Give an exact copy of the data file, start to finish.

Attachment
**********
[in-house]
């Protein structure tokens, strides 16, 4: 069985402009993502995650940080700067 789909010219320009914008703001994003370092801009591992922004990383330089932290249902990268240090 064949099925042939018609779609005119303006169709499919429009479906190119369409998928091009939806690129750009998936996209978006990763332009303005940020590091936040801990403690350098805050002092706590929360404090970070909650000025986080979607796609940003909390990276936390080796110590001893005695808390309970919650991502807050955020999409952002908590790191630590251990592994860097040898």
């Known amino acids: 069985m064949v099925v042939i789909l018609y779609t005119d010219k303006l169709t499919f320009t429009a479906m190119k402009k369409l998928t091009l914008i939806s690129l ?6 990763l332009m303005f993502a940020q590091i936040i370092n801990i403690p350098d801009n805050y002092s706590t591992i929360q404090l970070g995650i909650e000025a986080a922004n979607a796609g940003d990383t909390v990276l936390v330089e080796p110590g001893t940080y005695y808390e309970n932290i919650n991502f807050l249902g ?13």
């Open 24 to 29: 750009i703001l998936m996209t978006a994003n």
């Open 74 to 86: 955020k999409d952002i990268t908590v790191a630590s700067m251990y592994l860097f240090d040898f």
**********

[in-house]
């Protein structure tokens, strides 16, 4: 069985402009993502995650940080700067 789909010219320009914008703001994003370092801009591992922004990383330089932290249902990268240090 064949099925042939018609779609005119303006169709499919429009479906190119369409998928091009939806690129750009998936996209978006990763332009303005940020590091936040801990403690350098805050002092706590929360404090970070909650000025986080979607796609940003909390990276936390080796110590001893005695808390309970919650991502807050955020999409952002908590790191630590251990592994860097040898």
């Known amino acids: 069985m064949v099925v042939i789909l018609y779609t005119d010219k303006l169709t499919f320009t429009a479906m190119k402009k369409l998928t091009l914008i939806s690129l ?6 990763l332009m303005f993502a940020q590091i936040i370092n801990i403690p350098d801009n805050y002092s706590t591992i929360q404090l970070g995650i909650e000025a986080a922004n979607a796609g940003d990383t909390v990276l936390v330089e080796p110590g001893t940080y005695y808390e309970n932290i919650n991502f807050l249902g ?13």
């Open 24 to 29: 750009i703001l998936m996209t978006a994003n």
């Open 74 to 86: 955020k999409d952002i990268t908590v790191a630590s700067m251990y592994l860097f240090d040898f």